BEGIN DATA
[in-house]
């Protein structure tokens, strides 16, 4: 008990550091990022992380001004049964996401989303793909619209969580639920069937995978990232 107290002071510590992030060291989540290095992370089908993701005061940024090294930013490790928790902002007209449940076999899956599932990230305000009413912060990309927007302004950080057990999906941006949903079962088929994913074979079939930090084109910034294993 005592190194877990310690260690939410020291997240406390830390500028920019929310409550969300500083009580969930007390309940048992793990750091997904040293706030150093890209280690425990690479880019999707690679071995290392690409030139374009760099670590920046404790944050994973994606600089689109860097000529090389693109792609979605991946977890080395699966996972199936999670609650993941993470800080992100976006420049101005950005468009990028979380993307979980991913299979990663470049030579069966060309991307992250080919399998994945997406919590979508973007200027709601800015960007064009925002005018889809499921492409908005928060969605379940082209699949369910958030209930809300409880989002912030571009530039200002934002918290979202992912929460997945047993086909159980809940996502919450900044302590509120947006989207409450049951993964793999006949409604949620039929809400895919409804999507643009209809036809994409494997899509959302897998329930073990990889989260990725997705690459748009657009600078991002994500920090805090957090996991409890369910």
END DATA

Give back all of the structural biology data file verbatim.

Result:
[in-house]
């Protein structure tokens, strides 16, 4: 008990550091990022992380001004049964996401989303793909619209969580639920069937995978990232 107290002071510590992030060291989540290095992370089908993701005061940024090294930013490790928790902002007209449940076999899956599932990230305000009413912060990309927007302004950080057990999906941006949903079962088929994913074979079939930090084109910034294993 005592190194877990310690260690939410020291997240406390830390500028920019929310409550969300500083009580969930007390309940048992793990750091997904040293706030150093890209280690425990690479880019999707690679071995290392690409030139374009760099670590920046404790944050994973994606600089689109860097000529090389693109792609979605991946977890080395699966996972199936999670609650993941993470800080992100976006420049101005950005468009990028979380993307979980991913299979990663470049030579069966060309991307992250080919399998994945997406919590979508973007200027709601800015960007064009925002005018889809499921492409908005928060969605379940082209699949369910958030209930809300409880989002912030571009530039200002934002918290979202992912929460997945047993086909159980809940996502919450900044302590509120947006989207409450049951993964793999006949409604949620039929809400895919409804999507643009209809036809994409494997899509959302897998329930073990990889989260990725997705690459748009657009600078991002994500920090805090957090996991409890369910």